While out skiing I came across this scene and it stumped me. The mountains looked amazing and the clouds rolled back enough that it created a lot of drama but the light was so bright that I couldn’t see the great photo opp. While obviously I still tried to make the photo happen it still feels lacking. If this happens to you then you have to ask yourself, is the photo worth it or is it better to just soak in the moment?
Photographers all know to take their cameras with them where ever they go because the moment when you don’t have one is the moment when you need one. Well, I don’t normally take my camera with me when I go skiing because let’s face it, I fall down at times which can be scary when you have a camera, but this time around Hyalite I made sure I had mine. Beautiful powder and some great light made for a fun afternoon outing.
Cutthroat Trout were once found all across the west before other species were introduced to compete for habitat and food supply. Now, while the Cutthroat species and various subspecies still persist, their numbers and sizes are dramatically different then what was once prevalent. What you see above, in most places throughout Montana, is a standard size Cutthroat, in this case a Yellowstone Cutthroat. Why did I take this shot? I was asked this by the guy holding the fish because he thought it was a little boring until he saw the photo, but simply put it was a new species and a great looking subject. Now most of the time I use flash in my fish images but seeing the light, looking at the dark background and bright subject, a simple click with the D5 and 24-70 AF-S did the trick.
Not everyone fishes during or after a snow storm let alone when it’s below freezing but sometimes it yields rewards. For a photographer the reward is that freshly fallen snow, add in a great mountain range and top it off with a little spot lighting and boom you got something to work with. I talked about this situation last week but I decided to combine two things from last week into this one image.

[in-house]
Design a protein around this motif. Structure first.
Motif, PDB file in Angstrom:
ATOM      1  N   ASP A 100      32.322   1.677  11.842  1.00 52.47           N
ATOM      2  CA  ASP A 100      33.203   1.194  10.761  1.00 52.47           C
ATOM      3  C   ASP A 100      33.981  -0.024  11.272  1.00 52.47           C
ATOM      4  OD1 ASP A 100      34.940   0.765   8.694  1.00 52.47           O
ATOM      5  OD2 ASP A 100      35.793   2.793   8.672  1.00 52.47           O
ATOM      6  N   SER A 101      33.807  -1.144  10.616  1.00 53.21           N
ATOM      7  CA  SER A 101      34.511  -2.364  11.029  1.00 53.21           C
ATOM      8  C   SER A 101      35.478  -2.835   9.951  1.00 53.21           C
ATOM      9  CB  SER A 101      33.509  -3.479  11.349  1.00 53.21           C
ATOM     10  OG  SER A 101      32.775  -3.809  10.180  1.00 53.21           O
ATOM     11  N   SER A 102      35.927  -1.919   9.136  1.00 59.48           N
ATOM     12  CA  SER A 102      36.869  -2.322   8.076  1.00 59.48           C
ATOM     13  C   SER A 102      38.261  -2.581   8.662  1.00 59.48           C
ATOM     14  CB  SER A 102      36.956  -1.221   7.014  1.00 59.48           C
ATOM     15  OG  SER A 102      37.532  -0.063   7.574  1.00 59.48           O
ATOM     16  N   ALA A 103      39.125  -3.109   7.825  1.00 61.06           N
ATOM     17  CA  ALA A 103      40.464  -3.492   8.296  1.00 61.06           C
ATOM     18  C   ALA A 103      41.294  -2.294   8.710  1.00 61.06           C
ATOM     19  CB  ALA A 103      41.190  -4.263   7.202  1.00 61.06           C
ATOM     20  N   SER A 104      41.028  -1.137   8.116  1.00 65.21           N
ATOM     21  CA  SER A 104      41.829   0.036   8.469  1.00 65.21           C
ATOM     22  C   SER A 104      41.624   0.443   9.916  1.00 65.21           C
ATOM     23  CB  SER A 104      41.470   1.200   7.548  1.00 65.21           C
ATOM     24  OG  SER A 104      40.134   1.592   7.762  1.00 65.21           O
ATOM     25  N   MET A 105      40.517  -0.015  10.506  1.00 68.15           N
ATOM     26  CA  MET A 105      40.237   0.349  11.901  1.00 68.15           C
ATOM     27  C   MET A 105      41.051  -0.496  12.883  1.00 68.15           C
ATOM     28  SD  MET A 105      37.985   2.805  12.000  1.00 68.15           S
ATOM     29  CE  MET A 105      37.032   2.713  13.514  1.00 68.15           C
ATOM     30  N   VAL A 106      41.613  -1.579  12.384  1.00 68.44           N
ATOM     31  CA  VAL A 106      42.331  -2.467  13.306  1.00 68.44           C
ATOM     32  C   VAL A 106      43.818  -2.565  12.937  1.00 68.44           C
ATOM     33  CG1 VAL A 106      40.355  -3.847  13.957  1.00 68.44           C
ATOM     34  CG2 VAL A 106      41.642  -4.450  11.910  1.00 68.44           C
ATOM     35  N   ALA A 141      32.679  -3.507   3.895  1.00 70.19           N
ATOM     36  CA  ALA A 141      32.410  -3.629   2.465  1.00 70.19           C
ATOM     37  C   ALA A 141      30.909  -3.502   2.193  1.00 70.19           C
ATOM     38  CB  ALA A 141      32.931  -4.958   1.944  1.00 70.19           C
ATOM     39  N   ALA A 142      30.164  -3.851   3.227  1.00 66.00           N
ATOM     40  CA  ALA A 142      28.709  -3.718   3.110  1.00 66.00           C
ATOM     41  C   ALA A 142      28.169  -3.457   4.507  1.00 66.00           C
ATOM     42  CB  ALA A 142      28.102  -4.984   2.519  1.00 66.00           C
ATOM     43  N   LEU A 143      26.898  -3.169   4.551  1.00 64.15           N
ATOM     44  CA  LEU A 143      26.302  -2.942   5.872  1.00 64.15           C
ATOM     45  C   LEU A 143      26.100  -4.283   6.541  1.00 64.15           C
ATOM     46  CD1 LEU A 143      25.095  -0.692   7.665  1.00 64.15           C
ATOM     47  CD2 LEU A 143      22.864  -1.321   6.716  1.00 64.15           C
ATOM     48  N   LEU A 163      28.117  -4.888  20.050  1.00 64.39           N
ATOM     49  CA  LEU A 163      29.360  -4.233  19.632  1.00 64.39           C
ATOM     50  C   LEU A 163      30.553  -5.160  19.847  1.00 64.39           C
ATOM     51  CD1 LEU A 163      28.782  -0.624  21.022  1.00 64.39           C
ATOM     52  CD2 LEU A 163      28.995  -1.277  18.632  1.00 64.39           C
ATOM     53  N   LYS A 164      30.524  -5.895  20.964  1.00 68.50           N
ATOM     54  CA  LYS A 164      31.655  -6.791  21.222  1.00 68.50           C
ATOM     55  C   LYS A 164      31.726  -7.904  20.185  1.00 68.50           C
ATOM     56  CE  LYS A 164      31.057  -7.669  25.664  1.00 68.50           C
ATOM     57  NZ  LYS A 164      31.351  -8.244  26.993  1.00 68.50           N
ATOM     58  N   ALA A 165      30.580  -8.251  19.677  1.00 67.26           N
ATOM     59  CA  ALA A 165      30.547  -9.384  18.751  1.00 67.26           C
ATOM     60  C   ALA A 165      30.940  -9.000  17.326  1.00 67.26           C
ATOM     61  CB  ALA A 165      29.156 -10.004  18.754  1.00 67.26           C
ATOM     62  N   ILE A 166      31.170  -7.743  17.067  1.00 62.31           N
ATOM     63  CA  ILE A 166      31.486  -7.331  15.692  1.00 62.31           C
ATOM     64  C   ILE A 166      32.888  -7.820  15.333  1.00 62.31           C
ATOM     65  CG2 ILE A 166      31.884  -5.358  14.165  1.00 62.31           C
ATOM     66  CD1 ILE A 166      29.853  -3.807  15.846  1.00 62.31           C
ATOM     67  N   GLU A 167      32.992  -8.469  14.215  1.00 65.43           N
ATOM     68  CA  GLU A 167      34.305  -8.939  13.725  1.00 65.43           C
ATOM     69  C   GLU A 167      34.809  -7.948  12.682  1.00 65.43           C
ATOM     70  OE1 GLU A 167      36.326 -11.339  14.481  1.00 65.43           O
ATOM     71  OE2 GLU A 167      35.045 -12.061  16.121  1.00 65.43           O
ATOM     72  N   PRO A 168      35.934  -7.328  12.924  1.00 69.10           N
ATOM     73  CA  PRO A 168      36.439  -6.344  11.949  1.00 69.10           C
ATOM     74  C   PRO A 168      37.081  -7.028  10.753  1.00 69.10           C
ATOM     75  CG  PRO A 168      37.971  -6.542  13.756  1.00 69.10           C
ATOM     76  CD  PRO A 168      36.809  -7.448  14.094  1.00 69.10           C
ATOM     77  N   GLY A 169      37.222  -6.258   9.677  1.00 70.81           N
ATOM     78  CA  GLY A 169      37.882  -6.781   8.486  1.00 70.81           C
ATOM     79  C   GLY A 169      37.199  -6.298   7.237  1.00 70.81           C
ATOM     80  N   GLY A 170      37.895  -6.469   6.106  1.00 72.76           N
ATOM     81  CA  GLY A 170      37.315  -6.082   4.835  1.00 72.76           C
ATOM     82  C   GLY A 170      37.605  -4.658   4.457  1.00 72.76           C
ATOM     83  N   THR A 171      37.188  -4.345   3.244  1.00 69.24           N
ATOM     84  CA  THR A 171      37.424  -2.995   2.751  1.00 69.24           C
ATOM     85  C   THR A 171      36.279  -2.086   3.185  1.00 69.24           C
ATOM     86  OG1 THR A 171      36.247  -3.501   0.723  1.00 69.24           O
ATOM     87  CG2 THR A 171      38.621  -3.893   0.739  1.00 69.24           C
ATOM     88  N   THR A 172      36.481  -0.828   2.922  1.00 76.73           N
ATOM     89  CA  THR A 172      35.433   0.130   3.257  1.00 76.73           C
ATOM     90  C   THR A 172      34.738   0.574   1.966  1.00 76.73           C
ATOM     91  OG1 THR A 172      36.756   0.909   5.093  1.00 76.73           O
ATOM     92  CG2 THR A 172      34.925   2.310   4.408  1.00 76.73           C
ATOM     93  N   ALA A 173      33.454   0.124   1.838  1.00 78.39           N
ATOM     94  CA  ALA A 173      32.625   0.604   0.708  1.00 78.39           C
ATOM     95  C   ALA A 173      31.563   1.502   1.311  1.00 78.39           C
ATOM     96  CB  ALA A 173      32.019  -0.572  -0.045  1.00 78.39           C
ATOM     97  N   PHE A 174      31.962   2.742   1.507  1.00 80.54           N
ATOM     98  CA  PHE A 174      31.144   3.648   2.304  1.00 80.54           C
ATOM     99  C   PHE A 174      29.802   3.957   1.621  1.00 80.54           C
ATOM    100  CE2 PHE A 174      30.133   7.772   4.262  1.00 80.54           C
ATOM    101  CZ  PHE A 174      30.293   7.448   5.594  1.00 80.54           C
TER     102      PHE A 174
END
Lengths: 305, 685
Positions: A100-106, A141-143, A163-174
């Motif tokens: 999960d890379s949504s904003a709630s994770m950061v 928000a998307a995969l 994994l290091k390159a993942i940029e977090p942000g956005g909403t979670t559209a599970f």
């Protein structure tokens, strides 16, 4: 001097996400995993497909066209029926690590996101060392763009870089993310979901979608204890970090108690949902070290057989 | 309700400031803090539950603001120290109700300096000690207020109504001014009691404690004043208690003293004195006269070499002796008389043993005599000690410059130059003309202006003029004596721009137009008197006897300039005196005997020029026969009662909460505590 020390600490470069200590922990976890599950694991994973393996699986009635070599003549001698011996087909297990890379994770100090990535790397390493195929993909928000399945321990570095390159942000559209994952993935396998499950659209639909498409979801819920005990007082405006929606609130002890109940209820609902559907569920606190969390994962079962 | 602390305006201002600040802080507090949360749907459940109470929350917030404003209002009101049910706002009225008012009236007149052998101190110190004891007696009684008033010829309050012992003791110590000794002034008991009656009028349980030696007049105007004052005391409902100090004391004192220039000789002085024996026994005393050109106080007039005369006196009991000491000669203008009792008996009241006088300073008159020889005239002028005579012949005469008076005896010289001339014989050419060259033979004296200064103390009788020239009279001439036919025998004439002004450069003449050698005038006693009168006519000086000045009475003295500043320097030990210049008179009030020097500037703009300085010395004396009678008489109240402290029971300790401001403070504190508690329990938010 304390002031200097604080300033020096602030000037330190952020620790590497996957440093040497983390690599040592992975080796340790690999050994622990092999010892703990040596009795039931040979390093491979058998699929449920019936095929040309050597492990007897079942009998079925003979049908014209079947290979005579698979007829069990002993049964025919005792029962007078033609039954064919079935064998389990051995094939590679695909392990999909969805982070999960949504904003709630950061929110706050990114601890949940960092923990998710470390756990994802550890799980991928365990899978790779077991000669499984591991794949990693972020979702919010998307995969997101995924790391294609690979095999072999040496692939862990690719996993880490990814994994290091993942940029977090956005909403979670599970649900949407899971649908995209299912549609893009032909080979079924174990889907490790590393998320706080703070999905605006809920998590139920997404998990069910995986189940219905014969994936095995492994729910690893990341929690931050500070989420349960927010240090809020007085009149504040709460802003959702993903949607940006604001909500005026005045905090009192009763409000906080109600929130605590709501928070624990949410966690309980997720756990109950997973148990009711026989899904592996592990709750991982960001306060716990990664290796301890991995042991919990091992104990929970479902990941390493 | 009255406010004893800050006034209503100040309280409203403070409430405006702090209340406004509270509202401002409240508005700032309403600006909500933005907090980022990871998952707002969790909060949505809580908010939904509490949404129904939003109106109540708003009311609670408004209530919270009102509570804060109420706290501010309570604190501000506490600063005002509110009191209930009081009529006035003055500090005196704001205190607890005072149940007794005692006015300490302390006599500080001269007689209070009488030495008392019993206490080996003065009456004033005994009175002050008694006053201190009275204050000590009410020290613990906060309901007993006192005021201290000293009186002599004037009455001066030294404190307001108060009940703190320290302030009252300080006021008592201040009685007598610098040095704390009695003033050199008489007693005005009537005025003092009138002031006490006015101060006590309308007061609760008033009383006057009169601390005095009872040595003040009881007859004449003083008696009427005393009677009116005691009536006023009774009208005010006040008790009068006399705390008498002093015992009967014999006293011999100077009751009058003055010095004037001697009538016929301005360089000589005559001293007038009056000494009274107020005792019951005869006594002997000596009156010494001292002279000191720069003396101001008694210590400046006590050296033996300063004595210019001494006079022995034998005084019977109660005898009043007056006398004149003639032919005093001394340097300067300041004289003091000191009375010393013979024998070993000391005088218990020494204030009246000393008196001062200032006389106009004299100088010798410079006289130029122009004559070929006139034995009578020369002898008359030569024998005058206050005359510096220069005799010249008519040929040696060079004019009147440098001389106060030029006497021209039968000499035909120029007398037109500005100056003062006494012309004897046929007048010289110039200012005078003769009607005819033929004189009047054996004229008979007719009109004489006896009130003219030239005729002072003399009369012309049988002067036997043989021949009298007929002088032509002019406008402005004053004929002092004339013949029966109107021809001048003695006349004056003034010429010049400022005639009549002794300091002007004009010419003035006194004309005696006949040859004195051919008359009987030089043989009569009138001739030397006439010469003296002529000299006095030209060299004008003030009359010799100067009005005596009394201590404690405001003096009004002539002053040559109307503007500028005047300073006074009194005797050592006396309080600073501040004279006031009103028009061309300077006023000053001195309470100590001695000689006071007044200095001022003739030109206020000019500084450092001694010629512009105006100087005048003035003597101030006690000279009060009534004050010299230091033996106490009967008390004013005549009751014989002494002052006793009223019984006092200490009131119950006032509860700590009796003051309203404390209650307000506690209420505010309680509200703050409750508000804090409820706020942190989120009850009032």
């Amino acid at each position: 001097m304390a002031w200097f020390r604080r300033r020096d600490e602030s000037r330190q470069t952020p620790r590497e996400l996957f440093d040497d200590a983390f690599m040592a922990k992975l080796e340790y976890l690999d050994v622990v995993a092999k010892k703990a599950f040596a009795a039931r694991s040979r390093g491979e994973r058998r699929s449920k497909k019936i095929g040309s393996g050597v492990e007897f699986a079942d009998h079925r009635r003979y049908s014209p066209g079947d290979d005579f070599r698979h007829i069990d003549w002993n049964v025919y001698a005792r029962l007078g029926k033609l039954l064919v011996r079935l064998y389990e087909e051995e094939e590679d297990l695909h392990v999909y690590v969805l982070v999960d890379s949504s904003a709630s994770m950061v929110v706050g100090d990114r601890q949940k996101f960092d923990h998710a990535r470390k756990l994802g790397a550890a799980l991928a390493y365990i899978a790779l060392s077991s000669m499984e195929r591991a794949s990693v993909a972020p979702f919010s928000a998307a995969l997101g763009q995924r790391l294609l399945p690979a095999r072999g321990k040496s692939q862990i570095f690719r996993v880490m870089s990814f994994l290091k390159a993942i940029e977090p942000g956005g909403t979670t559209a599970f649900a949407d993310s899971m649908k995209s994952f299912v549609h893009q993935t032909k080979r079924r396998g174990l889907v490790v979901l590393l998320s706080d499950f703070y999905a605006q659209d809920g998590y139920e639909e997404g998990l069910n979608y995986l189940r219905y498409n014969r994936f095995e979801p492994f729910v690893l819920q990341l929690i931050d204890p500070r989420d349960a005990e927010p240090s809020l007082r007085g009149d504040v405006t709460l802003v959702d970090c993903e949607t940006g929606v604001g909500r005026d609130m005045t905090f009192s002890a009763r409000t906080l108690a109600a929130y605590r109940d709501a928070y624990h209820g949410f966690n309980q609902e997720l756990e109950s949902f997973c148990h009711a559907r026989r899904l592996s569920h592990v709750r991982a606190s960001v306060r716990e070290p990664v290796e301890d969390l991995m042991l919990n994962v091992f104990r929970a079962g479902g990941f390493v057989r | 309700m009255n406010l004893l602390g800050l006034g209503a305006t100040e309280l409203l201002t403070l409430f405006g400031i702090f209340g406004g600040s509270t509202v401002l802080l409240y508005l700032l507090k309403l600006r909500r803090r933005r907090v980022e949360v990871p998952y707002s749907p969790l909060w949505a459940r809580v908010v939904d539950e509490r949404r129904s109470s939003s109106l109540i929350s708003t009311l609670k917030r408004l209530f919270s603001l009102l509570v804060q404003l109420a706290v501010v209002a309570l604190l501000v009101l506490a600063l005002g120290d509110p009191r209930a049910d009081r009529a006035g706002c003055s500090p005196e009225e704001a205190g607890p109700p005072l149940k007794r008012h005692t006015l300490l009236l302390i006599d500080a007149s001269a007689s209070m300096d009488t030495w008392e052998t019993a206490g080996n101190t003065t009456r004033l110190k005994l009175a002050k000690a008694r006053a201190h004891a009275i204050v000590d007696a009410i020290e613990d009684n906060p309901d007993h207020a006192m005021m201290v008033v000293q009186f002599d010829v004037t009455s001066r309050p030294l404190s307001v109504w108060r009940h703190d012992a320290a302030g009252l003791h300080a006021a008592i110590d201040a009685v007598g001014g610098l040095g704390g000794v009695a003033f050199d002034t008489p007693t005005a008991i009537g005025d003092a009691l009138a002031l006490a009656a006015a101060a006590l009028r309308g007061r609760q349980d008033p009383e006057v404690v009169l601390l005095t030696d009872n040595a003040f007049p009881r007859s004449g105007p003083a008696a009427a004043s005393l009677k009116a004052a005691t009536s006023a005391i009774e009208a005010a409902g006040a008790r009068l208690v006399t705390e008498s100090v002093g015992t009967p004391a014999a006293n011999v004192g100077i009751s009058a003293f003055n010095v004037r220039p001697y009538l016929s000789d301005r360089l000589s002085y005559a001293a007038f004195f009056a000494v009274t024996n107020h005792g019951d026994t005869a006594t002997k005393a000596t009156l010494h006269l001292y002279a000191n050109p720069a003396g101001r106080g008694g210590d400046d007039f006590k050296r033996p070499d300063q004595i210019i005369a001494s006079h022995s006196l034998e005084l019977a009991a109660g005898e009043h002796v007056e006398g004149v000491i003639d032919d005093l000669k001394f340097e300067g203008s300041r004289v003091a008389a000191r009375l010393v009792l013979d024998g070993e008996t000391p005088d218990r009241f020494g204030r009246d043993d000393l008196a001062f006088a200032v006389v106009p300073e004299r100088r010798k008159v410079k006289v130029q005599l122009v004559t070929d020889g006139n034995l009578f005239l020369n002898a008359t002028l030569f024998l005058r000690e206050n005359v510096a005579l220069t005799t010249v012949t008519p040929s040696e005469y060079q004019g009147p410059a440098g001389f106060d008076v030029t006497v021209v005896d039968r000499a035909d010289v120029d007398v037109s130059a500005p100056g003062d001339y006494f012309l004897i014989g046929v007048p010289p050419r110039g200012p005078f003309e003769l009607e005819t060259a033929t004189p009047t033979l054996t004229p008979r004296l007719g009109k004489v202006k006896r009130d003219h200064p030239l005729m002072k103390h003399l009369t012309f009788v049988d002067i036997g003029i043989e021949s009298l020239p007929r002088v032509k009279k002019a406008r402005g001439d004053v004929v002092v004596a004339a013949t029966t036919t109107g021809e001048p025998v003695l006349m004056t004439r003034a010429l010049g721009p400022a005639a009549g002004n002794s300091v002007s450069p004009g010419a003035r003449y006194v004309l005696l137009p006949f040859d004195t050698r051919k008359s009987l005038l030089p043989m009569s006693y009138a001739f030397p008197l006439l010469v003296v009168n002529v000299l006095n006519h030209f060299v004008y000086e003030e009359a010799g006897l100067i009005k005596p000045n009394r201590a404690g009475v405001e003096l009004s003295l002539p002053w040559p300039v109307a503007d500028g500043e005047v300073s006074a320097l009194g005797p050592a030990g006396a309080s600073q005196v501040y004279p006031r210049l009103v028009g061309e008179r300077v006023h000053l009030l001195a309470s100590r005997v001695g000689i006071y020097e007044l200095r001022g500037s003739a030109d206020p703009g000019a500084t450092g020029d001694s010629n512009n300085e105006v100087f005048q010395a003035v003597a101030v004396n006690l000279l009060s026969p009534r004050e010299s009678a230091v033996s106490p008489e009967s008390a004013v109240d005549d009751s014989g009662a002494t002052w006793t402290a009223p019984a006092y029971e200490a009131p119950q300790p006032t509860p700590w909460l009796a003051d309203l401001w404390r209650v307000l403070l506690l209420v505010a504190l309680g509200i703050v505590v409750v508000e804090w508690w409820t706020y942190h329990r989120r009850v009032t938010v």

I talked about the benefits of going out after a storm or evening one out and I also talked about composing the image without the subject being in direct light. You can see both here. What’s the subject? Does that subject have to be lit? Is there a way to show him or here without light? Yes, these things are all possible if you’re watching whats happening around you. Sometimes they are planned but the best images are spontaneous and capture the moment that exists. Those images tell a story.
Winter storms can really suck the motivation away from going out with the camera. It’s cold, it’s dark, it’s snowing and you’re left with this challenge of making something happen with all that. Well despite that, they can break up and when they do that fresh coat of snow can be gorgeous. Well up at Hyalite Reservoir a really strong storm came through that basically was white conditions. After 20 minutes it was gone and all that was left was fresh snow and some great pocket lighting.
It’s hard to believe the blue sky came out but it was never more welcome. In these type of scenarios I love using a longer lens, mainly the 70-200 VRII because it allows you to isolate certain areas that are more interesting while eliminating more distracting spots. Since I wasn’t expecting this to happen and I had a more stripped down setup I made do with the 24-70 AF-S and High Speed Crop. When these situations come up you have to adapt quickly or miss out.